December 23, 2009 at 2:27 p.m.

All about raising clematis

All about raising clematis
All about raising clematis

In garden magazines and even in the garden places of newspaper gardeners are encouraged to plan ahead for the coming growing season. Each winter I say to myself that I am going to cut down raising certain fruits and vegetables, but each spring I plant too many plants that are high maintenance. My hips have made the decision for me to cut down and plant according to what I enjoy doing.

I have long been envious of those who have success with growing clematis, so I'm going to try it. They are no different than any other plants in that, in order to be successful, it must be on their terms. Clematis are probably the most popular flowering vine in the world and one of the most beautiful, as long as you remember that they take care.

The clematis need a minimum of six hours of full sun every day. If they don't have full sun you will have fewer blooms and the health of the plant will be affected. They also like rich organic soil that is heavily amended with compost. They will not do well in hot sandy soils or heavy clay as I have.

I will dig a hole two feet deep and two feet wide, much as I dig when I plant my blueberries. Amend the soil by putting one shovel of compost with two shovels of the original soil. The difference with the blueberries is that I amended the soil with peat moss since they like an acid soil.

When you plant the clematis, the objective is to minimize root damage. Carefully take the plant out of its pot and cut away fiber pots or slide the plant carefully out of plastic pots. Put the root ball into the hole so the original soil line is approximately three to five inches below your garden soil line. This puts the bud down three to five inches. It is important to know that if the plant is dormant and the buds are not swelling or showing green, you can backfill the hole to the original soil level.

However, if the plant has any active growth or bud swelling that will be covered over by backfilling to the garden soil depth, you cannot cover active growth. In this case only backfill to the original pot soil line. Even though they will be in a hollow for the summer, you can finish backfilling after the plant has gone dormant.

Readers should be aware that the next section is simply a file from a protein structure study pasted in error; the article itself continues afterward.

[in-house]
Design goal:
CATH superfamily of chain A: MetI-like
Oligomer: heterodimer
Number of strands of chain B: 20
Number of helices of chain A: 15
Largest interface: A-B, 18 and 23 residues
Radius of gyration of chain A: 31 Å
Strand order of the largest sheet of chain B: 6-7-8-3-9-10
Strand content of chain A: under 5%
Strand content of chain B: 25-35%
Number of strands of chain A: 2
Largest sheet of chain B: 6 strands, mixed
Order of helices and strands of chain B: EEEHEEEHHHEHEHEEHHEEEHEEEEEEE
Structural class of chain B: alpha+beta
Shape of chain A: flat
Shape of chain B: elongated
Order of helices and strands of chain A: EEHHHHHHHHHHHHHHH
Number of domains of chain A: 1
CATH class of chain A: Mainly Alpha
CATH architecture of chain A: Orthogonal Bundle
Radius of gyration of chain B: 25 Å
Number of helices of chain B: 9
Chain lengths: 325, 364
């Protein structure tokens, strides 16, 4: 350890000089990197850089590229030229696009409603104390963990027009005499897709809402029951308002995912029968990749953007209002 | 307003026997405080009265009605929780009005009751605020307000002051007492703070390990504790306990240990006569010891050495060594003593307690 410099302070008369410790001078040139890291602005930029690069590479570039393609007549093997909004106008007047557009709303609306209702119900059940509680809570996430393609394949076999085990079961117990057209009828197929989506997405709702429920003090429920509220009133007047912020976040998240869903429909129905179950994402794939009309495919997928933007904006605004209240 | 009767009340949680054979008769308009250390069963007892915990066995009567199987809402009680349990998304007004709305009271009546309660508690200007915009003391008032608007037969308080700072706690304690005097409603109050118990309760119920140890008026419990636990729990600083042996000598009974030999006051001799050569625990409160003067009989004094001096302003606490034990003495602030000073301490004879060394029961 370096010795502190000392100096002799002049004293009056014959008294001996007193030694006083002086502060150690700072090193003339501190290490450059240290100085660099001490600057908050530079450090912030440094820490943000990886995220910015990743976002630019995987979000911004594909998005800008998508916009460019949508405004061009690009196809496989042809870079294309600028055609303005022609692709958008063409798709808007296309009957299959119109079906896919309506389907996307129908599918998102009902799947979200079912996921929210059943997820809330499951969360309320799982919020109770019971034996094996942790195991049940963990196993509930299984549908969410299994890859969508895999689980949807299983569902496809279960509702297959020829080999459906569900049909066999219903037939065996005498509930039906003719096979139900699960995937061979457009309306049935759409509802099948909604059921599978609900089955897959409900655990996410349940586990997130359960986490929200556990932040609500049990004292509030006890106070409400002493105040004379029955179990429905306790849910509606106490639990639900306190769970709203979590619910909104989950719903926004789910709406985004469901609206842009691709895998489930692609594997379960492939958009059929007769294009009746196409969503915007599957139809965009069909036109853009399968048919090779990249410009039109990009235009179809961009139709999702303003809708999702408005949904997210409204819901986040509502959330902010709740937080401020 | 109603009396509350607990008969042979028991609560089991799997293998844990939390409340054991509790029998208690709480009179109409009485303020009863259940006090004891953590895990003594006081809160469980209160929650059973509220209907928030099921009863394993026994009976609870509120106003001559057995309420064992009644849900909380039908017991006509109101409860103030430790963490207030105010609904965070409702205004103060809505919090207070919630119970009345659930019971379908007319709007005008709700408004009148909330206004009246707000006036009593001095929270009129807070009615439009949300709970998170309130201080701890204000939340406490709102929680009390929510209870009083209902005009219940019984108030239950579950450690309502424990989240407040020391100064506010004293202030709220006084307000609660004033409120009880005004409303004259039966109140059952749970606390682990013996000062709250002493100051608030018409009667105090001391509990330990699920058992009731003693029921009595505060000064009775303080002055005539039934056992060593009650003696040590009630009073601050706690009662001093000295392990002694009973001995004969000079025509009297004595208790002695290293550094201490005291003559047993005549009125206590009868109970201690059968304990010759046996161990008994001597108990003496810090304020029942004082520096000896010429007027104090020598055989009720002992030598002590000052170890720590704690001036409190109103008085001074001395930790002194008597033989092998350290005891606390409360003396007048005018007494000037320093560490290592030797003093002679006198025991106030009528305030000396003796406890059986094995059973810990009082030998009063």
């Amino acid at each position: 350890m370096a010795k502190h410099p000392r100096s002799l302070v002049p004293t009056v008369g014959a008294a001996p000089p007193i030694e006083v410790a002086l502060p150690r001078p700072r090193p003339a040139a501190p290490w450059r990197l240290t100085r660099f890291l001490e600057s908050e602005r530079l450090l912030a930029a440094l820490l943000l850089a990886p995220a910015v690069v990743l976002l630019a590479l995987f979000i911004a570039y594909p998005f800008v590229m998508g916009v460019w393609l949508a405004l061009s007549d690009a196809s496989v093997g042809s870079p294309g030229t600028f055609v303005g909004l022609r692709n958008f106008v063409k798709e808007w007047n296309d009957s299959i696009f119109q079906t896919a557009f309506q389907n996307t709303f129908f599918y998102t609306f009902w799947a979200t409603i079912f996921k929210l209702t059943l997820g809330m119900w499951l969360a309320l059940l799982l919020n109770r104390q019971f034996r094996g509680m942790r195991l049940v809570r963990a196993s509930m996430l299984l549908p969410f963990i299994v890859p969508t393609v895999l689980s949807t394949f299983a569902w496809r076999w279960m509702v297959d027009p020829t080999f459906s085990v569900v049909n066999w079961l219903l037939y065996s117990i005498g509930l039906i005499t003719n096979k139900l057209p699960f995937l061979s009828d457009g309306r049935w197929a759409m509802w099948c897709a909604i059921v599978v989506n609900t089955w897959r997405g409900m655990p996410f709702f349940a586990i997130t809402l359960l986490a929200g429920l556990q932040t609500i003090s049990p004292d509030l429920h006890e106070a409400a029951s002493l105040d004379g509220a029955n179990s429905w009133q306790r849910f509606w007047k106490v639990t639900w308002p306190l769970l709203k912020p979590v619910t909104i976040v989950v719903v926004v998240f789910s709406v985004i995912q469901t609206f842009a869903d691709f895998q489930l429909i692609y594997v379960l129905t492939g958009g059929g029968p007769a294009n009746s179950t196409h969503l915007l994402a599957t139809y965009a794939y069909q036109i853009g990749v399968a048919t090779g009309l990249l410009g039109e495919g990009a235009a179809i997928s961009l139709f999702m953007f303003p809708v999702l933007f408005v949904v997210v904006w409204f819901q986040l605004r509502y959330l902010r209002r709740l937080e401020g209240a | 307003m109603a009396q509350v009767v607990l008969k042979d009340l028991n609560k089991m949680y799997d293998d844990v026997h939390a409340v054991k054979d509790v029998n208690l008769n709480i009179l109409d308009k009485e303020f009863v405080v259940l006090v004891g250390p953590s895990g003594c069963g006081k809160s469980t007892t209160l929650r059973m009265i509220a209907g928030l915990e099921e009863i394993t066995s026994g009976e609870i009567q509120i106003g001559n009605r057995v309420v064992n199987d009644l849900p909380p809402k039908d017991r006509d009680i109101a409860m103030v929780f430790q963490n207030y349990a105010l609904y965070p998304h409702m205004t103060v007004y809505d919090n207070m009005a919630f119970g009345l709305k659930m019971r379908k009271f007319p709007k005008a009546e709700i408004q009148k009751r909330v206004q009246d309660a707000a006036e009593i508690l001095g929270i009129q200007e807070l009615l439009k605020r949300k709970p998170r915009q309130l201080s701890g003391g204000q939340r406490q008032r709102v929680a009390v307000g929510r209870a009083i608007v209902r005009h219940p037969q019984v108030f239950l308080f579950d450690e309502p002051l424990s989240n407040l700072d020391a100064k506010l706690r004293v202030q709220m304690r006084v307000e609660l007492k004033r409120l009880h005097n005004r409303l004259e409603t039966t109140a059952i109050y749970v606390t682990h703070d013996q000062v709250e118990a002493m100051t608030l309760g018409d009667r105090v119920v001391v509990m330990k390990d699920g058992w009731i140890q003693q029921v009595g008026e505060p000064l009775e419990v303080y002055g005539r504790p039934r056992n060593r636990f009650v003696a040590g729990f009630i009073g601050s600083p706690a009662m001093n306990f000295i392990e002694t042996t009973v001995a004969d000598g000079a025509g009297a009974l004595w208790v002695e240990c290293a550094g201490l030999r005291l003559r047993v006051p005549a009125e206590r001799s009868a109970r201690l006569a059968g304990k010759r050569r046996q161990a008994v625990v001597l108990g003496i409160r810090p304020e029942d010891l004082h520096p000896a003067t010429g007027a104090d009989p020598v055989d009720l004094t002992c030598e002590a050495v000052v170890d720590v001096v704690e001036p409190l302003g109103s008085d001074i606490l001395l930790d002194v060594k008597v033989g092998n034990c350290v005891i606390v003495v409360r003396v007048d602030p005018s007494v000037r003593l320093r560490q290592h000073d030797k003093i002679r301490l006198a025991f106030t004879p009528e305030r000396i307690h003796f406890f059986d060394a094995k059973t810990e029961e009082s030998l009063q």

When you buy your clematis it should come with a stake in the pot. Don't remove the stake on newly planted until the fall when you do your cleanup. The stake keeps the vine from flopping in the wind or even worse, to be broken off.

Protecting the roots of the clematis isn't any different from other young trees or shrubs. Add three to four inches of organic mulch around the base of the plant to keep the roots cool and evenly moist. Keep the mulch eight to twelve inches away from the base of the vines to avoid any rot or mouse damage. Organic mulch is used because it provides nourishment and decomposes.

The clematis needs deep watering and check to see that it is moist under the mulch during the summer heat. Do not plant the vines where the ground is wet and they could rot off during the winter. The vines are heavy feeders, especially in the spring. When the new vines are about three inches long they are given a boost with fish food emulsion. Once they are well started they will climb on anything near enough, so a support or trellis will help to control them. Some raise their clematis in a patio container or hanging basket with no trouble.

The main problem with the clematis is a fungi that causes it to wilt and the stems and leaves turn black. Since there is no spray to help this condition, the key is to plant them deep and grow with large amounts of compost. If your plant shows signs of wilting, cut off the wilting vines and remove them from your garden. Disinfect the clippers with alcohol to keep the wilt from spreading, especially to other clematis.

Since the planting season is a few months away, I will file this article away for a while. When I bring it out next spring, I hope I will have courage enough to plant clematis for the first time.


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